By Stephen Seitz
WOODSTOCK – This year marks an important milestone for the environmental movement – the 150th anniversary of Woodstock native George Perkins Marsh’s landmark book, “Man and Nature.”
The Marsh-Billings-Rockefeller National Historic Park has been marking the occasion throughout the year, capping the historic anniversary last weekend with an event called “Landscapes of Hope,” which featured appearances by Marsh’s biographer David Lowenthal, Professor Emeritus at the University College of London. The event also featured panel discussions of Marsh’s life and on conservation in general, as well as guided hikes through the Park.
“Man and Nature,” according to Christina Marts, the park’s assistant superintendent, “essentially kicked off the environmental movement in the United States. Before Aldo Leopold and Rachel Carson, there was George Perkins Marsh.”
According to the Library of Congress, Marsh’s book “was the first systematic exploration of the extent and significance of the environmental changes wrought by man, and the first systematic exposition of the guiding principles and practices of conservationism… Its influence on the subsequent development of American conservation thought and policy has been incalculable.”
Marsh argued that deforesting the land would allow the land to become desert. He said he had seen it happening in the Middle East, where he had spent some time as President Zachary Taylor’s ambassador to the Ottoman Empire.
Lowenthal discussed Marsh and his book at a panel discussion held Nov. 21 at Billings Farm.
“Although Vermont began it all,” he said, “it was the contrast between other countries and Vermont which played the most important role.”
Marsh, he said, expressed his concerns to Vermont farmers as early as 1847.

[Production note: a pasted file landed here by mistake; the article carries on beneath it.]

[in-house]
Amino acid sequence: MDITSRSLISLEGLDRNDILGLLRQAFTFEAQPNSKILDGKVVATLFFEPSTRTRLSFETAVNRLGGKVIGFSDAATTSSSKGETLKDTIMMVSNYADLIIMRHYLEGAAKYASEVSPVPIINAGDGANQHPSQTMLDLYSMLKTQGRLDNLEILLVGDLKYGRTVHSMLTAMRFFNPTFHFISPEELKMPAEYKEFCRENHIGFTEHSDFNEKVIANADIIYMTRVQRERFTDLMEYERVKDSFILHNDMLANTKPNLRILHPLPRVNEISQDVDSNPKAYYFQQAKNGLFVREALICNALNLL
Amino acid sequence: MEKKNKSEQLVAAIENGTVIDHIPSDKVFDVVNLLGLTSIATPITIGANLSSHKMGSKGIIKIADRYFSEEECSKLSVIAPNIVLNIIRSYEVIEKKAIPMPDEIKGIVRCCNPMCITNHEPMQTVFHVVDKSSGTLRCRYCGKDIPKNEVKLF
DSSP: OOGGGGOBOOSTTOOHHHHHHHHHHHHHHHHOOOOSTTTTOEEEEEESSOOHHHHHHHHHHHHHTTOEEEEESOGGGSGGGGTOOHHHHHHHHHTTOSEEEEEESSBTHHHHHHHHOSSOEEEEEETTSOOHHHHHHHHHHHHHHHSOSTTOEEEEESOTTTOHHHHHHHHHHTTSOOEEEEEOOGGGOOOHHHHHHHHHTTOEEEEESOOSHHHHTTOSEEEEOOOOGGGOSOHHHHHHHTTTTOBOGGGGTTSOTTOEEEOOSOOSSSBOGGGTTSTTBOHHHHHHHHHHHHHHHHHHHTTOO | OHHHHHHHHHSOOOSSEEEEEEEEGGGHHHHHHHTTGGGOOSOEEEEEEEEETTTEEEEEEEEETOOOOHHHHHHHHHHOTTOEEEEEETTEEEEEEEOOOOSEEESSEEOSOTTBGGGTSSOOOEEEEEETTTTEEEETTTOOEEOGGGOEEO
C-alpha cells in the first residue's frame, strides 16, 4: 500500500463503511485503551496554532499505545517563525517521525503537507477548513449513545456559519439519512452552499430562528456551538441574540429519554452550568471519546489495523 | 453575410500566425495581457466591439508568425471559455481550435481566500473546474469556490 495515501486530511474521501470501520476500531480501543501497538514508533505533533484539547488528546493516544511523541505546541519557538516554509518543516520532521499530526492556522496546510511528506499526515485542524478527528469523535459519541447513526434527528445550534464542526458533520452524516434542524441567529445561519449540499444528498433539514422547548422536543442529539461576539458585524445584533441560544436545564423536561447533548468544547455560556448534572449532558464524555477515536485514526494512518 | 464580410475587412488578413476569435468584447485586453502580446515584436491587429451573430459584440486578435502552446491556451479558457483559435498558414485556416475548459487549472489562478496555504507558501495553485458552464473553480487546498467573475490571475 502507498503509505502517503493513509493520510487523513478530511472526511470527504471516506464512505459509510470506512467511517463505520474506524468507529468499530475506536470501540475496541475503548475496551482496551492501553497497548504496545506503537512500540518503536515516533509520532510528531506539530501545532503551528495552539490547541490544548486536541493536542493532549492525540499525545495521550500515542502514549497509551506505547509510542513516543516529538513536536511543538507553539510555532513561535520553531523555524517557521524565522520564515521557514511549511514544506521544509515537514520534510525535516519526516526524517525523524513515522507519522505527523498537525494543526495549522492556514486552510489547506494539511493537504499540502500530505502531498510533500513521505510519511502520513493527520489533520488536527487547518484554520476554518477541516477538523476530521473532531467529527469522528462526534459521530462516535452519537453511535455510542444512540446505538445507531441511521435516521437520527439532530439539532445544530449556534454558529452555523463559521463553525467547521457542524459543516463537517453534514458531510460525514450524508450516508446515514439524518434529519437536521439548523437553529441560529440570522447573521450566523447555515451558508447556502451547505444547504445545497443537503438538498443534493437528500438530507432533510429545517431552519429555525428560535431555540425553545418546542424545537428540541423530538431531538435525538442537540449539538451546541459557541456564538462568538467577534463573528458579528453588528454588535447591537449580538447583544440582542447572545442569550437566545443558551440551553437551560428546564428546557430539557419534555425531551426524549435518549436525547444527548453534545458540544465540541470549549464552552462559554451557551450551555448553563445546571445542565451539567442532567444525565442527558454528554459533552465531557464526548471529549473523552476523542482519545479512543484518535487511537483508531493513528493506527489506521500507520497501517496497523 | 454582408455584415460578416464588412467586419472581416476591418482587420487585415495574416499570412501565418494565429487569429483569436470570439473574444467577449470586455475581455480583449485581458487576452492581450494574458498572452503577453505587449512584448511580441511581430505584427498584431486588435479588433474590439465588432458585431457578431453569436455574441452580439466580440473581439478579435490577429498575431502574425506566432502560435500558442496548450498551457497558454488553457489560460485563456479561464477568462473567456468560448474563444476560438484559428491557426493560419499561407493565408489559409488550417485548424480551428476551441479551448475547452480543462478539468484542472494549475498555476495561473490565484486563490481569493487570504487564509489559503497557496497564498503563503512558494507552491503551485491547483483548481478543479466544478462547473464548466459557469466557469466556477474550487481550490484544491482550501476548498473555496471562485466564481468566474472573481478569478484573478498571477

“The farmers cared deeply about the changes wrought by the railroads, and they were also concerned because so many people were leaving Vermont,” Lowenthal said.
“He told them that the improvements they were making were improvements, but they were also having a deleterious effect on the land. Marsh lived in a time when everyone thought that environmental changes were good. Marsh also felt the changes were good, but he wanted to redress the damage.”
Marsh was born in Woodstock in 1801, graduated with honors from Dartmouth in 1820, and moved to Burlington to practice law. He spoke several languages and represented Vermont in Congress from 1843 to 1849. Marsh returned to Vermont in 1854, but in 1861, President Abraham Lincoln appointed him as ambassador to
Italy, a post Marsh held until he died in 1882. Marsh was buried in Rome.
His landmark work, “Man and Nature,” was published in 1864.
In his life and thought, Lowenthal said that Marsh was well ahead of his time in many respects.
“He was one of the most profound feminists of his time,” Lowenthal said. “He was not the most influential, but the most intelligent in recognizing what had gone wrong. He saw no reason why the career paths of men and women should be different, and he thought boys and girls should be educated together. He was appalled to see women used as ‘pack animals’ in Europe.”
As Marsh grew older, Lowenthal said, he also became more pessimistic.
“At first, he thought education could do it,” Lowenthal said. “He thought education would achieve social and environmental reforms. He saw the power of corporations as the main barrier to reform. He felt corporate power should be reined in by the state. He was dismayed by the extent of corporate power and the rise of munitions.
He thought scientists were accomplishing things, but that the quality of education had declined.”
Marts said she sees the results of Marsh’s work all around the park.
“We’re standing on an amazing legacy of land stewardship,” she said. “It provides hope and inspiration that we can move forward as a community in the future.”
Lowenthal recently completed his second biography of Marsh, titled “George Perkins Marsh: Prophet of Conservation.”
For more information visit www.nps.gov.